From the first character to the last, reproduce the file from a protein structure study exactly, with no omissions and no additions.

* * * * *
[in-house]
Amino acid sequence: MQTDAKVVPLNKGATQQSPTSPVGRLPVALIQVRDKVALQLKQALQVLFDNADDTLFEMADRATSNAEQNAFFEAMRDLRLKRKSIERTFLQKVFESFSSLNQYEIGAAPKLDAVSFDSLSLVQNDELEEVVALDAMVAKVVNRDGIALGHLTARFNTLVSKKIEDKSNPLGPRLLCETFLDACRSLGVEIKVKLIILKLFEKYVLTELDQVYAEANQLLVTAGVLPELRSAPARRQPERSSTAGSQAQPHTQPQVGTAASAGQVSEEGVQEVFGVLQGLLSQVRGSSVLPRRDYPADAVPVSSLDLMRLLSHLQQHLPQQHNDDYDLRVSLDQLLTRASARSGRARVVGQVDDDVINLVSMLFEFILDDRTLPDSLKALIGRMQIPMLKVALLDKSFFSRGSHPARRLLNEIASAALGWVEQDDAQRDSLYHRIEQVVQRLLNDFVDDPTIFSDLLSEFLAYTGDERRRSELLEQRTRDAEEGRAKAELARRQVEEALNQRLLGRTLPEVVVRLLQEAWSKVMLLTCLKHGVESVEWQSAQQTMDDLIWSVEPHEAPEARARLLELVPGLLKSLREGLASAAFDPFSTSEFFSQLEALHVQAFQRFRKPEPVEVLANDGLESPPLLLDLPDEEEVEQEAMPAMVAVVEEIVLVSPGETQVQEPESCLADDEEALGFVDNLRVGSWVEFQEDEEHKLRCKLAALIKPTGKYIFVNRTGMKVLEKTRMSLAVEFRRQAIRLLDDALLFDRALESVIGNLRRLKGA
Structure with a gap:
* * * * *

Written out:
[in-house]
Amino acid sequence: MQTDAKVVPLNKGATQQSPTSPVGRLPVALIQVRDKVALQLKQALQVLFDNADDTLFEMADRATSNAEQNAFFEAMRDLRLKRKSIERTFLQKVFESFSSLNQYEIGAAPKLDAVSFDSLSLVQNDELEEVVALDAMVAKVVNRDGIALGHLTARFNTLVSKKIEDKSNPLGPRLLCETFLDACRSLGVEIKVKLIILKLFEKYVLTELDQVYAEANQLLVTAGVLPELRSAPARRQPERSSTAGSQAQPHTQPQVGTAASAGQVSEEGVQEVFGVLQGLLSQVRGSSVLPRRDYPADAVPVSSLDLMRLLSHLQQHLPQQHNDDYDLRVSLDQLLTRASARSGRARVVGQVDDDVINLVSMLFEFILDDRTLPDSLKALIGRMQIPMLKVALLDKSFFSRGSHPARRLLNEIASAALGWVEQDDAQRDSLYHRIEQVVQRLLNDFVDDPTIFSDLLSEFLAYTGDERRRSELLEQRTRDAEEGRAKAELARRQVEEALNQRLLGRTLPEVVVRLLQEAWSKVMLLTCLKHGVESVEWQSAQQTMDDLIWSVEPHEAPEARARLLELVPGLLKSLREGLASAAFDPFSTSEFFSQLEALHVQAFQRFRKPEPVEVLANDGLESPPLLLDLPDEEEVEQEAMPAMVAVVEEIVLVSPGETQVQEPESCLADDEEALGFVDNLRVGSWVEFQEDEEHKLRCKLAALIKPTGKYIFVNRTGMKVLEKTRMSLAVEFRRQAIRLLDDALLFDRALESVIGNLRRLKGA
Structure with a gap: